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Proven Methods to Get Payers to Pay You

As the rate of claim denials continue to rise—10.15% in 2020 to 11.2% in 2022, and then to 11.99% in 2023—getting payers to actually pay you is becoming more and more difficult.

As these rates increase, the need for strategic measures to secure payments becomes even more crucial for maintaining financial stability and ensuring the sustainability of your healthcare services.

So, what can your organization do to counter this trend and ensure you receive timely reimbursements?

1. Enhance Front Desk Operations

Your front desk is your first line of defense against denied claims.

While insurance verification, obtaining necessary pre-authorizations, and ensuring correct patient demographic data may seem like a given, it’s often one of the first areas to encounter errors that can disrupt the entire revenue cycle.

Integrating AI-driven RCM technology can empower front desk staff by automating many of the routine tasks that are prone to human error.

AI tools act as an extension of your front desk team to:

  • Streamline insurance verification.
  • Instantly cross-referencing patient information against multiple databases to confirm coverage details.
  • Automatically detect which services require pre-authorization and initiate requests in real time.
  • Flag any discrepancies before you render services.

All of these actions contribute to timely, full payments from payers and a reduced cost to collect.

2. Improve Coding Accuracy

According to a report from Experian Health, coding inaccuracies and incorrect modifiers were listed as top reasons (numbers 3 and 4) for denied claims.

Coding is the language that translates what happens during an appointment, surgery, or other service. So, it’s imperative to be as precise and accurate as possible to promote timely payments without any pushback.

Leveraging advanced coding software and regularly training coding staff can dramatically improve accuracy. Such software often incorporates AI and machine learning to assist coders by suggesting appropriate codes based on clinical documentation, highlighting potential errors, and ensuring that claims comply with current regulations and payer-specific guidelines.

This technology can also update coders on changes in coding standards and payer policies, which is crucial given the frequent updates in medical coding systems like ICD-10 and CPT.

3. Submit Claims According to Payer Guidelines

Each payer sets specific deadlines for submitting claims, and adhering to these timelines is essential as missing them can result in claim denials for untimely filing.
And, if your organization works with various payers, managing these timelines can be challenging. Or, even if you’re aware of the timelines, a coding and billing backlog can lead to delays that jeopardize your ability to submit claims within the required periods.

One effective strategy to mitigate these issues is using specialized billing software equipped with features designed to track and alert staff to various payer deadlines. Such software can automate much of the process, reducing the burden on staff and minimizing the risk of human error.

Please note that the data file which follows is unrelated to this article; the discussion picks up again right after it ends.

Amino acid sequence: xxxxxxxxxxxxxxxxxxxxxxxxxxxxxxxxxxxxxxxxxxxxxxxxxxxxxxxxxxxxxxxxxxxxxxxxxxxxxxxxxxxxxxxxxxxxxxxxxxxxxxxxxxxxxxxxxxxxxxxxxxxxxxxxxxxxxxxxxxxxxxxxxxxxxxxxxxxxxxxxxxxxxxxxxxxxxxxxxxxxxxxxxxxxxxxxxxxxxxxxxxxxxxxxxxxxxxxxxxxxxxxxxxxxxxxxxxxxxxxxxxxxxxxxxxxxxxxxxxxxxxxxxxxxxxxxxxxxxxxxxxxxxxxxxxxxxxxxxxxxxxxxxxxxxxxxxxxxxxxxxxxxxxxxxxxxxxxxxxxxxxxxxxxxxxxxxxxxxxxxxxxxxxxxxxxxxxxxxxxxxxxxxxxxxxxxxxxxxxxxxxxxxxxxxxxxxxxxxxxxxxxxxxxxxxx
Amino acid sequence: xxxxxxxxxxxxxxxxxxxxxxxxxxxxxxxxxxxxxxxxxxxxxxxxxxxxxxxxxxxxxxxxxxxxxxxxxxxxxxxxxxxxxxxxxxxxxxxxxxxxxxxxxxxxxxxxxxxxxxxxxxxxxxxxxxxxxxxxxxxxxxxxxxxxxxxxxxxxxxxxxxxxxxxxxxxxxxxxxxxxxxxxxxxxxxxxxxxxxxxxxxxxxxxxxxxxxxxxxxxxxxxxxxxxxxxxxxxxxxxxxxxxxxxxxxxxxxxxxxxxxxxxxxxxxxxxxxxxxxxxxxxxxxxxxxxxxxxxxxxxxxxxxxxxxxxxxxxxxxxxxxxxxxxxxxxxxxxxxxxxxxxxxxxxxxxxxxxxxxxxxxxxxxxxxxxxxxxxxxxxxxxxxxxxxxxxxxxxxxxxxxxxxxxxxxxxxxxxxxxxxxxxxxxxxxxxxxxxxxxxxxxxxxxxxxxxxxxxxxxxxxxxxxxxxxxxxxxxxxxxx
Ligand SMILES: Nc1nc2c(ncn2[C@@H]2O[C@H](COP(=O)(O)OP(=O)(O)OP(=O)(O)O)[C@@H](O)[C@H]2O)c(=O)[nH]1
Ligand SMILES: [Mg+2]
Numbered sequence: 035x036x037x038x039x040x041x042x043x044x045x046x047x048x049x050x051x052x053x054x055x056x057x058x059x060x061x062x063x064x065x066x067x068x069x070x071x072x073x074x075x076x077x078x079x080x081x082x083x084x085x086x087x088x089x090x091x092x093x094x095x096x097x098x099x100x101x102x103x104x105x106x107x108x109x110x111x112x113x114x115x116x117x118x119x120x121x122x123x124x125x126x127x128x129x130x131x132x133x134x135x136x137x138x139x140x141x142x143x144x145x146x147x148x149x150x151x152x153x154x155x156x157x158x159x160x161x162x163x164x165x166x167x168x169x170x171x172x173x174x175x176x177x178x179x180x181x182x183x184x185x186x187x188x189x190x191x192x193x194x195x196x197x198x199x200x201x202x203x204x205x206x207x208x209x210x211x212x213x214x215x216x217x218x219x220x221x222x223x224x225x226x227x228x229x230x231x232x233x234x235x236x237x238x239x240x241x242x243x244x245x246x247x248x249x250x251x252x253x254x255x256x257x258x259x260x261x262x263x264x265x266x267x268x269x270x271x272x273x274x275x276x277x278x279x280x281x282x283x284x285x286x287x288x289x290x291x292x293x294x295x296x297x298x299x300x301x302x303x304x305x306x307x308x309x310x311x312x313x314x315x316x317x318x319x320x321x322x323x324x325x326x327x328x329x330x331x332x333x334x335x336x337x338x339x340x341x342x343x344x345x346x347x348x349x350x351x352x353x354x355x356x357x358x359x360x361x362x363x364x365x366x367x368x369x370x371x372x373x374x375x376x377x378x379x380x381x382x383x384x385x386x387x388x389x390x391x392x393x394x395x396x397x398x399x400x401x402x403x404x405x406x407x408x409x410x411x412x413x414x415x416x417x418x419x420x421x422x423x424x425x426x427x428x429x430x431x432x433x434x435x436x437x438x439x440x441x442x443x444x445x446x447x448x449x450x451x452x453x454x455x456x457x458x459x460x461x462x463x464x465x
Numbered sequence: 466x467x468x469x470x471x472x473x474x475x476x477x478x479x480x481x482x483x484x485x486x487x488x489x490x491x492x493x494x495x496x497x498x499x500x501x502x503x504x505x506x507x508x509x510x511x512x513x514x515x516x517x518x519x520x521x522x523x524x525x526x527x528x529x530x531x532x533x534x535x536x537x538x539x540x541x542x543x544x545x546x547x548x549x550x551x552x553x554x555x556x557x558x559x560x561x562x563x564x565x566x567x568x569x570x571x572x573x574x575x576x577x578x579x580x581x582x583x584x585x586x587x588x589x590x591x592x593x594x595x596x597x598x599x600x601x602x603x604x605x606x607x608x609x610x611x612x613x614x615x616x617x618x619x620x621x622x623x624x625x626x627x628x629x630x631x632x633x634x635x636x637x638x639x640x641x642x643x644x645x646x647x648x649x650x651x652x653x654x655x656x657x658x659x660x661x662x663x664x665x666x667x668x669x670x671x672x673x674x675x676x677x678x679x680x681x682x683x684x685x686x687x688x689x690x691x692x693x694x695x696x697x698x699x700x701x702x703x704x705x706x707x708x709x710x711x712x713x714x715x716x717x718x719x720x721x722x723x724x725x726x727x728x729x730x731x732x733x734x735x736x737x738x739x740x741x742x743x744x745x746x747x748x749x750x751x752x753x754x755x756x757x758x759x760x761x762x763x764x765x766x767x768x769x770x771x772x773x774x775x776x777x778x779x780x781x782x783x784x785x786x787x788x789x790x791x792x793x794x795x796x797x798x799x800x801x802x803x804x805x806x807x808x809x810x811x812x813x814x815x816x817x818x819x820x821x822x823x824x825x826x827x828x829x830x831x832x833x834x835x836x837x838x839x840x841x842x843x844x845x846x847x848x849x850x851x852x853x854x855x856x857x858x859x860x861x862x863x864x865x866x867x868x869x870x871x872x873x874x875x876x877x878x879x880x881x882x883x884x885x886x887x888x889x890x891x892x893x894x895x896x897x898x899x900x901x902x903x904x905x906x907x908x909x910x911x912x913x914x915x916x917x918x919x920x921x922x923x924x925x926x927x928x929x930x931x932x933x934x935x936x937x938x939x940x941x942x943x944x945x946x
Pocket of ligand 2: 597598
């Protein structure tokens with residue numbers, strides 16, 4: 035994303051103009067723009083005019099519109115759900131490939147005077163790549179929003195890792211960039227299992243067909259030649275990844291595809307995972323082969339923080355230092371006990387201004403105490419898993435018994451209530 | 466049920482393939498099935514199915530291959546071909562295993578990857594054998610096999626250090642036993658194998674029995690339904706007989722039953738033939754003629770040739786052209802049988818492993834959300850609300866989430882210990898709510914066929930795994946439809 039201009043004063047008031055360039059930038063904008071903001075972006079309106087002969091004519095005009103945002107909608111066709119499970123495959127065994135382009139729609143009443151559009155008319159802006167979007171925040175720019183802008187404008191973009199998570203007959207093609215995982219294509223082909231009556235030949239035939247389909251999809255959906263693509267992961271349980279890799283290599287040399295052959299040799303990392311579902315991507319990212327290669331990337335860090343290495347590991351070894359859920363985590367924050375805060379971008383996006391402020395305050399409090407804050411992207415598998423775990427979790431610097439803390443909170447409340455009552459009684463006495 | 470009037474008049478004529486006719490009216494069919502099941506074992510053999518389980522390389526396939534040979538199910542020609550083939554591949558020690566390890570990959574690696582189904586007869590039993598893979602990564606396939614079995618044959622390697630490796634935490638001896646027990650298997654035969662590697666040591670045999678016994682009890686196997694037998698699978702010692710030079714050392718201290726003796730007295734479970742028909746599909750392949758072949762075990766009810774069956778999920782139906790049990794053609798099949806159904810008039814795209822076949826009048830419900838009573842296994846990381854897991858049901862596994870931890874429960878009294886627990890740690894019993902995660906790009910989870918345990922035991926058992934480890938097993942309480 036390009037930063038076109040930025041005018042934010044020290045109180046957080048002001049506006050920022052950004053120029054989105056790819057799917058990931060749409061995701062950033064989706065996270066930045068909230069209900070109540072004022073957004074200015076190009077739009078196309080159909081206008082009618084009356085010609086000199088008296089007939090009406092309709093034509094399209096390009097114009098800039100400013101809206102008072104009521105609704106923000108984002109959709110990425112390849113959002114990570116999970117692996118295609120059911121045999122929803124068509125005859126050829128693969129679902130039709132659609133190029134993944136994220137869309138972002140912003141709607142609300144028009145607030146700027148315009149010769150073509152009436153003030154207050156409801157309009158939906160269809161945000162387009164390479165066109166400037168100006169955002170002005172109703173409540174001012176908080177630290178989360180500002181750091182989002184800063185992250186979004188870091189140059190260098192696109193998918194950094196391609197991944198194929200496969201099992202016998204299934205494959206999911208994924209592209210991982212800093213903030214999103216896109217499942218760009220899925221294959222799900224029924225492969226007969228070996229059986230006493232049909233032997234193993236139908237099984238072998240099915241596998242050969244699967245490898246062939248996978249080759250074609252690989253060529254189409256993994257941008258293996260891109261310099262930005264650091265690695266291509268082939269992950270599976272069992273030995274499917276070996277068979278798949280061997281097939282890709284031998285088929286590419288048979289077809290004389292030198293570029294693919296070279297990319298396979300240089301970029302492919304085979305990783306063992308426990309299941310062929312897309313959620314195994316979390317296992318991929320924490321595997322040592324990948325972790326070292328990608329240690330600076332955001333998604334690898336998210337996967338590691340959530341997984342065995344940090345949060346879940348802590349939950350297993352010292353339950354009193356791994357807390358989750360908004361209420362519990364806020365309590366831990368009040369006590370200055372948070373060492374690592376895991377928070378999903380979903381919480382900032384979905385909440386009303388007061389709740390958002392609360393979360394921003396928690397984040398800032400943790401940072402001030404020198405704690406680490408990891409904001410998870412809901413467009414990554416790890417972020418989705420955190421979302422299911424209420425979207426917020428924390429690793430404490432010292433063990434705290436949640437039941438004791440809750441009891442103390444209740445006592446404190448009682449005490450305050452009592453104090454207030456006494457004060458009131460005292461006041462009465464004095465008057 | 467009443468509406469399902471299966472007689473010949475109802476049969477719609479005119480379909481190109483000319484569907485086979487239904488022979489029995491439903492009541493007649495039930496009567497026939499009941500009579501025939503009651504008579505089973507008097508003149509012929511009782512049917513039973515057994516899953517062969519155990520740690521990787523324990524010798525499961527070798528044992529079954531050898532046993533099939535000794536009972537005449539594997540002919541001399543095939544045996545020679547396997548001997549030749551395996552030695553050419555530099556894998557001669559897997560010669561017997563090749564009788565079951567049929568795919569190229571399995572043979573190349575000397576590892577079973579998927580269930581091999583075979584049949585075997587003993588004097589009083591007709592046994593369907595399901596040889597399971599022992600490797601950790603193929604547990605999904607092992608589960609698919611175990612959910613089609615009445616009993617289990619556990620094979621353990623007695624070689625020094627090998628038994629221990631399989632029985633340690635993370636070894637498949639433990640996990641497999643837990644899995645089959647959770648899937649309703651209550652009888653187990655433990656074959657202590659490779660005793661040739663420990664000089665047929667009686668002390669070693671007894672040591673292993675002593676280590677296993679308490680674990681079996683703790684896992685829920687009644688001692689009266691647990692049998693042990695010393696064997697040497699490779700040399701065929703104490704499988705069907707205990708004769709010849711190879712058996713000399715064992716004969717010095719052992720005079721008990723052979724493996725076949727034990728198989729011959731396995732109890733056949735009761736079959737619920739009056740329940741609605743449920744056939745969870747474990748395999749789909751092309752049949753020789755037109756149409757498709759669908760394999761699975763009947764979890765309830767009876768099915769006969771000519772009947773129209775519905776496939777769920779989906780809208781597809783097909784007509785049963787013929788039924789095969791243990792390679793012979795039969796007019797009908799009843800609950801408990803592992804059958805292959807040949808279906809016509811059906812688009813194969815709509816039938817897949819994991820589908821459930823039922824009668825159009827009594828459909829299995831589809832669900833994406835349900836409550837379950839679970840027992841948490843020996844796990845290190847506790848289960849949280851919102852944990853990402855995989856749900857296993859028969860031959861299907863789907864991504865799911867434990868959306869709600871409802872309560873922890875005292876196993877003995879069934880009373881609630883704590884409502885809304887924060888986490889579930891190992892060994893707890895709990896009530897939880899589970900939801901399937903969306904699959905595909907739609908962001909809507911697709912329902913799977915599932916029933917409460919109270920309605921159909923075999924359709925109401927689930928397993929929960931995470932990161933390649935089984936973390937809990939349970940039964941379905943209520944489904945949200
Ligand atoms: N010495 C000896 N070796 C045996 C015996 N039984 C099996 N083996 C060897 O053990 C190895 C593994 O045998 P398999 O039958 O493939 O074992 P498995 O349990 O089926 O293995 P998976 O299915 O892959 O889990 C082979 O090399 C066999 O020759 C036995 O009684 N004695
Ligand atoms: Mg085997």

Creating a centralized database containing all relevant information on payer policies, including claim submission deadlines and requirements, is another effective strategy as it provides a single source of truth for your billing team.

Additionally, conduct periodic audits of your claim submissions. This practice allows you to identify any patterns or recurring issues with specific payers so you can address them proactively.

4. Manage Credentials with Payers

Effective credential management is a critical aspect of your financial infrastructure and plays a key role in timely reimbursements.

Credentialing verifies that your organization is qualified and authorized to bill a payer for services. Continuous monitoring of your licensure and certification expirations is crucial, as any misstep can lead to claim denials.

To streamline credential management, organizations should implement systems, such as cloud-based software, to keep detailed, organized records of all credentialing information. This technology supports the seamless updating of provider statuses, enables reminders for credential renewals, and ensures all documentation is current and compliant with regulatory standards.

Such proactive management helps avoid billing interruptions and maintains a steady flow of reimbursements.

5. Establish a Robust Denials Management Process

Despite best efforts, claim denials can still occur.

And, considering that providers spent up to $19.7 billion in 2023 adjudicating with payers, it’s in your best interest to create and maintain a robust denials management system.

Establishing a thorough process for managing these denials is crucial for minimizing their financial impact. Advanced collections and denials management systems can be instrumental in this area, as they can identify patterns and common causes of denials.

Understanding these trends allows teams to proactively adjust their billing practices to prevent future denials. Additionally, developing a dedicated team to handle denials can ensure that each case is addressed thoroughly and promptly, reducing the turnaround time for resubmitting corrected claims.

Secure Your Financial Health

Implementing these strategies not only helps to secure your revenue stream but also ensures that you can provide quality care without financial disruption.

While it may seem challenging, you don’t have to do it alone. Partnering ​​with experienced RCM providers can enhance your organization’s ability to navigate these situations.

For example, with our guidance and technology, one healthcare system was able to reduce their aged receivables by 80% and see a 49% success rate in re-submitting previously denied claims.

Want to see results like that? Let’s talk.